No Time 2 Spare, 36″ x 36″, acrylic on canvas
I used to worry that I intentionally aimed for accessibility where so many of the artists I most admire, like de Kooning, aimed for the more abstract? Recently, though, I’ve begun to feel that if my orientation is toward the observer, it is partially because my transition from pure observer to artist occurred so late, and also because my vantage point is no longer at the center of the map. Now when I reach out to the observer, it is through the angles and abstractions of others who have pushed and distorted the envelope. Art is, for many, a spiritual endeavor. Still, I personally believe that it is in the context of a non-theistic world that artistic expression holds even greater significance. Every artwork does, in fact, represent its own particular affirmation of intentionality over randomness. It was an encounter with color later in my life that triggered my birth as painter, but it occurred decades after I had first learned to sketch, which I did sitting in on life-drawing classes a friend’s father taught at Parsons in my early teens. I developed some facility drawing with charcoal back then, but never considered venturing beyond black and white, where there is an obvious right or wrong. Color would, I worried, only introduce more complications and aware of my difficulty with decisions, as basic as buying toothpaste, it seemed safest to stay away from color.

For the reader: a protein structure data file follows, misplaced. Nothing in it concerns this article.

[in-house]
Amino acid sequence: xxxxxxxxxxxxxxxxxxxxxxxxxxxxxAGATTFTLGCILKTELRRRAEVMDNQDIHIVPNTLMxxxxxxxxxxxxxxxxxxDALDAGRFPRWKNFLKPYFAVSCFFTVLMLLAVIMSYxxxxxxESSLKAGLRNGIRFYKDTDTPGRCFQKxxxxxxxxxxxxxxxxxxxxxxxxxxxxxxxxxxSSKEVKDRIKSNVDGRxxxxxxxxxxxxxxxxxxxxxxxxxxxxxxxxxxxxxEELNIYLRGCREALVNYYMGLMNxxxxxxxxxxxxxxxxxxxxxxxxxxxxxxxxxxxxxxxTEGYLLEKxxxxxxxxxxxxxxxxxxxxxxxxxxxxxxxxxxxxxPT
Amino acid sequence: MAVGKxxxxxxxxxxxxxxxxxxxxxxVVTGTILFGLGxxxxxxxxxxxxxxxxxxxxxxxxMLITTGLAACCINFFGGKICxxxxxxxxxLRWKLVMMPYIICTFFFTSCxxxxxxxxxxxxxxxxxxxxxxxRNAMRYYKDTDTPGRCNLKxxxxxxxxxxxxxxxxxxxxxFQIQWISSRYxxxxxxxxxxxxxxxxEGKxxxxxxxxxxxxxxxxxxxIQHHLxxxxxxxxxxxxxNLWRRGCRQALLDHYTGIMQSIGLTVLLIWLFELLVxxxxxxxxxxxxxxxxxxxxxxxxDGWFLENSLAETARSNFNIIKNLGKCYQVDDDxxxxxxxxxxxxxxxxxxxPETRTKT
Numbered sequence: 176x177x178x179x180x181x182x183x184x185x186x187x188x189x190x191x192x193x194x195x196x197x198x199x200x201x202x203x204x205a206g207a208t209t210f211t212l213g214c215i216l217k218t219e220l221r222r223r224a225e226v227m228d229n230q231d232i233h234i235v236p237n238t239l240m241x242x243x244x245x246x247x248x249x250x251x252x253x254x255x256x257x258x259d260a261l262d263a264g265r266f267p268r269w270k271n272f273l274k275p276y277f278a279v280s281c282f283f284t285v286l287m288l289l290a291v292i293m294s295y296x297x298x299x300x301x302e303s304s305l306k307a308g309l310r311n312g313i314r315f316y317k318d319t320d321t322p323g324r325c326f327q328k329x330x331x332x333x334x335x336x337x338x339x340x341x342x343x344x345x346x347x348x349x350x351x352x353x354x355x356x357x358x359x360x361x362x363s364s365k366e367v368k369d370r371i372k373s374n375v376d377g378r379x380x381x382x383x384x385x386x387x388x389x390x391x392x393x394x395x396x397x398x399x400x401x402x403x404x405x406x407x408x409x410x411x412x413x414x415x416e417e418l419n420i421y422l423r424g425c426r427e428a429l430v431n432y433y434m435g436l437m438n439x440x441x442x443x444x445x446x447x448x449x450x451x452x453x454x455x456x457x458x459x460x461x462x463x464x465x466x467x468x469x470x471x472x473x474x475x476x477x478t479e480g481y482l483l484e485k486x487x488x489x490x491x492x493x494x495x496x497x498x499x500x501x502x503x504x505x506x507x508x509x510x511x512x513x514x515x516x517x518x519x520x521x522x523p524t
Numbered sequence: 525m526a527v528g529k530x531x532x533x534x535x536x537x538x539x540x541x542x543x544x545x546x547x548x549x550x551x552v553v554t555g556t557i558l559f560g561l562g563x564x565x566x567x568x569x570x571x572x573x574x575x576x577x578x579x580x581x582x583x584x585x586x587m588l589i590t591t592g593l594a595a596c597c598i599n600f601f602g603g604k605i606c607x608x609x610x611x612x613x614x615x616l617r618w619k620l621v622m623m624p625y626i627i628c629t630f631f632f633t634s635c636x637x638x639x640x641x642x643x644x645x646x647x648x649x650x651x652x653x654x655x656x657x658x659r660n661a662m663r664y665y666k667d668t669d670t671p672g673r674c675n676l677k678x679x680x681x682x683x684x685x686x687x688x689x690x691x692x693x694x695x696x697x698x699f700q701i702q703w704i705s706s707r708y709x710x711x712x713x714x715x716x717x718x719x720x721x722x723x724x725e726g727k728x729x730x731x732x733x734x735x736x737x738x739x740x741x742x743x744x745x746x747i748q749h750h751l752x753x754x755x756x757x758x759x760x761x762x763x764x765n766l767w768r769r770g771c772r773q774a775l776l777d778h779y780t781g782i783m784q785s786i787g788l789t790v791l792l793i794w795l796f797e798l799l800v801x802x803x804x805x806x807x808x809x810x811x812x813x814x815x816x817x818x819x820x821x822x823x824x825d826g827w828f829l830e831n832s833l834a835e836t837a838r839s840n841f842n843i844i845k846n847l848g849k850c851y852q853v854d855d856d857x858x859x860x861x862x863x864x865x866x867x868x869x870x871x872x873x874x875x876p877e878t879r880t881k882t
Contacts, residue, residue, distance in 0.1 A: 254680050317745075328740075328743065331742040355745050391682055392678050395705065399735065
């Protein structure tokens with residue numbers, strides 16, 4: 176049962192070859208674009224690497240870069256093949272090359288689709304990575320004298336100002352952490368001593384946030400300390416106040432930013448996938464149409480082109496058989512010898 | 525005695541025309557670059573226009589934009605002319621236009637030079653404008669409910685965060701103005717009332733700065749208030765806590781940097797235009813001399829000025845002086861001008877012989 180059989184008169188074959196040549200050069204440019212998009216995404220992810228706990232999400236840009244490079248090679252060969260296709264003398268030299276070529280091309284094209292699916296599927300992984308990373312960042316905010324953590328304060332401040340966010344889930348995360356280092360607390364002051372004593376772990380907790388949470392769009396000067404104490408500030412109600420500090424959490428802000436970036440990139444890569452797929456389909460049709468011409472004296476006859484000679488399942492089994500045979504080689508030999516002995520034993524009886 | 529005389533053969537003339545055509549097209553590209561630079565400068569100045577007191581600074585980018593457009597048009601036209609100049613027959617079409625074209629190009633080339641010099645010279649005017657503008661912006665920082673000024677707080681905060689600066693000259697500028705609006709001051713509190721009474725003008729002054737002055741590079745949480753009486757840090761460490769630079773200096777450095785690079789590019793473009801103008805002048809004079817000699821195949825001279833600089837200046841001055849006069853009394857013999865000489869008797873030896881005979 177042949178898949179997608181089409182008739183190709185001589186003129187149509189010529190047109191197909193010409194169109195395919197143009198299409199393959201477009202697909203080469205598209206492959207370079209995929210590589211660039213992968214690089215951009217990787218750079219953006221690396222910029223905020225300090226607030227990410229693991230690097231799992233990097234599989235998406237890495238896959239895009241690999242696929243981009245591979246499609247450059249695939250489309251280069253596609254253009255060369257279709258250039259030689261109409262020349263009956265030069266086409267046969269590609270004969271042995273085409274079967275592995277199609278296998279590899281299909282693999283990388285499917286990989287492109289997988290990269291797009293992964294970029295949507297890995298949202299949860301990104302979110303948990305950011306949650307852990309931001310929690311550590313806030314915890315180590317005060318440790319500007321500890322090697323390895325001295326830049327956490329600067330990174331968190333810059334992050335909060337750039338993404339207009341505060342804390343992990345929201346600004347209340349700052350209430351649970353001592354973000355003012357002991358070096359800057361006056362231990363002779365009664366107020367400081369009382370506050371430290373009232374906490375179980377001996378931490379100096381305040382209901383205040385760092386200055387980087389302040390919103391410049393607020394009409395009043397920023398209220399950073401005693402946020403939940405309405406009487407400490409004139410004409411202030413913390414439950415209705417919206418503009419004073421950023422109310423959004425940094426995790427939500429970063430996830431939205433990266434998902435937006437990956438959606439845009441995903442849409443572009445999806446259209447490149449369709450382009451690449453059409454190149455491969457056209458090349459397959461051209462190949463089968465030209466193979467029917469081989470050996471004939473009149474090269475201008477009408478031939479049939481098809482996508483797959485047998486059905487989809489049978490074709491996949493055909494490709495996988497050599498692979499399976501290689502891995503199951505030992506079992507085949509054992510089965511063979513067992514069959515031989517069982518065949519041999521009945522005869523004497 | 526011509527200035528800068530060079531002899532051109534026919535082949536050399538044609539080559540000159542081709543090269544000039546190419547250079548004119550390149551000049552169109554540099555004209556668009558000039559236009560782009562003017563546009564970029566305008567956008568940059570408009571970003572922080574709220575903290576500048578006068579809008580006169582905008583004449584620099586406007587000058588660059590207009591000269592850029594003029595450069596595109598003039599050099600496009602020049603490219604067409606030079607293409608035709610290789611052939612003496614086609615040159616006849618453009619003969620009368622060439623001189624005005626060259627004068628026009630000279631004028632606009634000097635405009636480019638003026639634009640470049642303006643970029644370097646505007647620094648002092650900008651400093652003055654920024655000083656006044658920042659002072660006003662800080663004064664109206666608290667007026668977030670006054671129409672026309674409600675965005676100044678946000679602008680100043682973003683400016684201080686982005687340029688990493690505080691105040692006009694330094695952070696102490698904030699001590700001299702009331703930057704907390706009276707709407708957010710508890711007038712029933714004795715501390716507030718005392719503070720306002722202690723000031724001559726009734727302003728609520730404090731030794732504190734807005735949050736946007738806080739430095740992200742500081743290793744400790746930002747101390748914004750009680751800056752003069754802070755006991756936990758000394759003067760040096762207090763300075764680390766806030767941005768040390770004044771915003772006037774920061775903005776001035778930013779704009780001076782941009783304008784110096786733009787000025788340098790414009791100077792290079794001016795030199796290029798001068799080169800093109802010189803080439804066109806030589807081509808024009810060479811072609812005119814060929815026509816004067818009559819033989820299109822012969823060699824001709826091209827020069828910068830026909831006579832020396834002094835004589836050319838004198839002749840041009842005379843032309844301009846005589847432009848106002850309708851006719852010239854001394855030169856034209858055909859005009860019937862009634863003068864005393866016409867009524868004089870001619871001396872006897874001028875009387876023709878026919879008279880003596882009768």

View from the Office, 36″ x 44″, acrylic on canvas
I continued to sketch sporadically over the years. Nevertheless, the feeling of being intimidated by color made it hard to take myself more seriously as an artist. Not until decades later, in the aftermath of a drug addiction and having lost my apartment, I ended up living at a city shelter on the lower east side. This shelter, however, had an art studio that had been sponsored and subsidized by a philanthropist with a true love for the arts. I can honestly say that I spent most of my waking hours at the shelter there in that art room. And given the shelter’s 6:00 a.m. wake-up call for breakfast, I had a lot of waking hours during that year. Rejecting a history of only sketching and drawing in black and white, I started exploring and I soon discovered a passion for color which has kept me painting ever since.
L.E.S. 2012, 48″ x 48″, acrylic on canvas
Avoiding color was one of those decisions that had made perfect intellectual and logical sense. Also it is a decision which proved to be entirely wrong when I discovered a sensitivity to color that allows me to match a given color or shade. Had my life followed a less tumultuous path, many things would be quite different and it is most likely I would not be a painter, and that would be too bad because painting, more than anything else, really feels like what I should be doing.
To see more work by Marc Moses, visit his website at www.marcmosesart.com.